A Picture Is Worth a Thousand Words

As it turns out, mercifully, all I had to do was make dessert for the Thanksgiving holiday this year. So, instead of giving you a lot to read – everyone’s time is short around the holidays it seems – I hope the pictures (along with some witty and helpful captions) will speak for themselves.

Pink Lady Apple Galette The ladies getting ready for action. I ended up using the peeled ones. Pâte brisée dough topped with a mixture of sugar, brown sugar, cardamom, cinnamon, fresh ground nutmeg and a dash of salt. I think I added some allspice as well. And maybe ground cloves. I forget. Anyway, it’s up to you – add any spices you want!Layer the apple slices over the dough, brush them with melted butter, sprinkle some sugar on top and fold the dough over the apples. I’m giving myself some props on that design, but next year I think a turkey design is in the cards. Yes? No?Bake at 350 degrees for about 40 minutes, and, voila! The French answer to good, old-fashioned American pie. (What? We shouldn’t include the French in our Thanksgiving celebration? Now that’s not nice. We have much for which to thank the French…when it comes to dessert, anyway.)

Pecan Pie, Anyone?
Correction, all-American pecan pie straight out of the Joy of Cooking cookbook. It doesn’t get any easier or classic than that, people. (Okay, fine, if you are from the South, you might take offense to this statement, but I don’t have a grandmother’s grandmother’s recipe, so Joy of Cooking it is.)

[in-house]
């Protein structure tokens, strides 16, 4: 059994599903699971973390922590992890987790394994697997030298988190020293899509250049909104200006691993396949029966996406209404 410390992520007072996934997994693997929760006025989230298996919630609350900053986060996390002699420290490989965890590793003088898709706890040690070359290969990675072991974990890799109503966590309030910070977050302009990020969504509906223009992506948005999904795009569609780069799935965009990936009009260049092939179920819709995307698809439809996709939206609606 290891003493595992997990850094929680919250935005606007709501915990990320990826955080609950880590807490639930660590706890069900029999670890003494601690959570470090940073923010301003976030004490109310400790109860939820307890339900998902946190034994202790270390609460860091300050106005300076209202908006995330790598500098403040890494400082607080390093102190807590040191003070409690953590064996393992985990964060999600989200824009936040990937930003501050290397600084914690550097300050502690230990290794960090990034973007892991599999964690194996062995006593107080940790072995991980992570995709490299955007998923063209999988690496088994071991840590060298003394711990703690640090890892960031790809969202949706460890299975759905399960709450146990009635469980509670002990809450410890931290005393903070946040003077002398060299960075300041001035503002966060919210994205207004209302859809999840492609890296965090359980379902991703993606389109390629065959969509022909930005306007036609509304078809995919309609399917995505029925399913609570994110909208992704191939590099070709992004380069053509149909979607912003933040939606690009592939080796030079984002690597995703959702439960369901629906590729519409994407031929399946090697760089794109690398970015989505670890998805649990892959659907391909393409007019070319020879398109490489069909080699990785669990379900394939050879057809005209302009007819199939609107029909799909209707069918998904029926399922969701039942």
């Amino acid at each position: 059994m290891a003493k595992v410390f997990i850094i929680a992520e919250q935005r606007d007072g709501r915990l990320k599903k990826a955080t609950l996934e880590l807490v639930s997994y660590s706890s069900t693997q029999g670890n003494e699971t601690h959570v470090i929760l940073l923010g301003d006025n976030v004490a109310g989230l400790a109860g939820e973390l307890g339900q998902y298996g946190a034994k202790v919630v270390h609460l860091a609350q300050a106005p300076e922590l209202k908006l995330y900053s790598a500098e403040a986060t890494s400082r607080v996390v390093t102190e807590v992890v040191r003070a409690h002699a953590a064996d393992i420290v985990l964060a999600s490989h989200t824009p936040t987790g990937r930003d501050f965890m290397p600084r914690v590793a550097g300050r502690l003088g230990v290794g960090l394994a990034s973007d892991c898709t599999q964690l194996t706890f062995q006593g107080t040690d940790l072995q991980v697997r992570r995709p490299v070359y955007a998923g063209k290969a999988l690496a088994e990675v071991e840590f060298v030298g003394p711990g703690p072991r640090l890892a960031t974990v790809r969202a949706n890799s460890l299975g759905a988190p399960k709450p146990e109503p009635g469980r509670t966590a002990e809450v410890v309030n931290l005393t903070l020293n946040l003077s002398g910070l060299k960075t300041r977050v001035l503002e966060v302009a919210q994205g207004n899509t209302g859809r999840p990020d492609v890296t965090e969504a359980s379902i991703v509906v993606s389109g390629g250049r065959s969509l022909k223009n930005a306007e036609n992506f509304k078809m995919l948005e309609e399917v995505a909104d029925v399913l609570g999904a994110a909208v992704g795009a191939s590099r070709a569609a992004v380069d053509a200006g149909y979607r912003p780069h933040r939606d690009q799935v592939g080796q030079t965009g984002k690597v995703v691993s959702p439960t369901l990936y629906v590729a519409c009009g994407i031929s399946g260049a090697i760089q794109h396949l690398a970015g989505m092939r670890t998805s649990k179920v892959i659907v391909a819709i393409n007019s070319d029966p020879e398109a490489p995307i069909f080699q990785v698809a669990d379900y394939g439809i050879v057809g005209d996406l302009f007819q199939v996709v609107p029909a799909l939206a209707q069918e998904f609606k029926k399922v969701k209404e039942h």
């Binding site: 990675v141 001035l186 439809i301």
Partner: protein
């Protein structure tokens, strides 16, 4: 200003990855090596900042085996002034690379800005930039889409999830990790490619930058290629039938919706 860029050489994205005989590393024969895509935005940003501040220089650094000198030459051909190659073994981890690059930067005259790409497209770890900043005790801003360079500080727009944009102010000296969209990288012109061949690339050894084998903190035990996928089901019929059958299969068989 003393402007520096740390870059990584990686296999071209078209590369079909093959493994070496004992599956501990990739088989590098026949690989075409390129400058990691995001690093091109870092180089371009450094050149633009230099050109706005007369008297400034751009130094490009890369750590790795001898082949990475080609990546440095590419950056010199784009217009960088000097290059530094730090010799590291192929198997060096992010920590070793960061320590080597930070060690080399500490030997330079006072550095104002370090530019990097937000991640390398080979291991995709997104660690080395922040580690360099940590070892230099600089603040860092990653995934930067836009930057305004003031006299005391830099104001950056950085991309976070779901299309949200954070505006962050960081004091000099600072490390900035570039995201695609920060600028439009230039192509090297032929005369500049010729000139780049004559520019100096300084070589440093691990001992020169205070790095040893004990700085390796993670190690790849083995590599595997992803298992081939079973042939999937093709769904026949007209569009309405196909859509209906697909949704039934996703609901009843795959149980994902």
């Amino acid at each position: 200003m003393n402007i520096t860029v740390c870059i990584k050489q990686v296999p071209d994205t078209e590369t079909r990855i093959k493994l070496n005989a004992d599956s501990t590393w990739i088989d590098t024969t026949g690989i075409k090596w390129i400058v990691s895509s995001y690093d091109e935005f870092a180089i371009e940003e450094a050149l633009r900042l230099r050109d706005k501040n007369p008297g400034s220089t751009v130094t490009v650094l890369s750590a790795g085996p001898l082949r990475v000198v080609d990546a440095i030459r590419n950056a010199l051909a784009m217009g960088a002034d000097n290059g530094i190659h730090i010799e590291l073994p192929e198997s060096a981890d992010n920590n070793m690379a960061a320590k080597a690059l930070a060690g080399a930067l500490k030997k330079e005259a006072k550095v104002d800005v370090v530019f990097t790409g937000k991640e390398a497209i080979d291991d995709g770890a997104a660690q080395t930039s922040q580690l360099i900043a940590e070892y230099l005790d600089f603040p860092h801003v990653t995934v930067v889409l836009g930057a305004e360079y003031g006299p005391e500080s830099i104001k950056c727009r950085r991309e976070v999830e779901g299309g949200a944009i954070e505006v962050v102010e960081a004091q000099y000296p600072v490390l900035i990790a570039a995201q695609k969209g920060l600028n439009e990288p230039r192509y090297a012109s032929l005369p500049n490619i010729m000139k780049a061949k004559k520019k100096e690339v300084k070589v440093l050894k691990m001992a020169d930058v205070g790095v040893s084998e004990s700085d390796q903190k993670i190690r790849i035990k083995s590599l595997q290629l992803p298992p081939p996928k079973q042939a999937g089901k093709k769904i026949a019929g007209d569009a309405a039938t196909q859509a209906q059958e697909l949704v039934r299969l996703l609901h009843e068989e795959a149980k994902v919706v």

Last, but not least…Bourbon Pumpkin Cheesecake. Bourbon. Pumpkin. Cheesecake. Really, need I say more?

Wait, one last thing.

Cookies and Chocolate Mousse

Correction, make that vanilla bean sugar cookies and dark chocolate mousse. Don’t you just love how good those sound together? Well, they were good together, and I have Thomas Keller (of Bouchon and The French Laundry fame) and his recipes to thank for it. Actually, I have my friends, Shelley and Brett, to thank because they suggested we focus solely on the recipes of Thomas Keller for dinner club this month.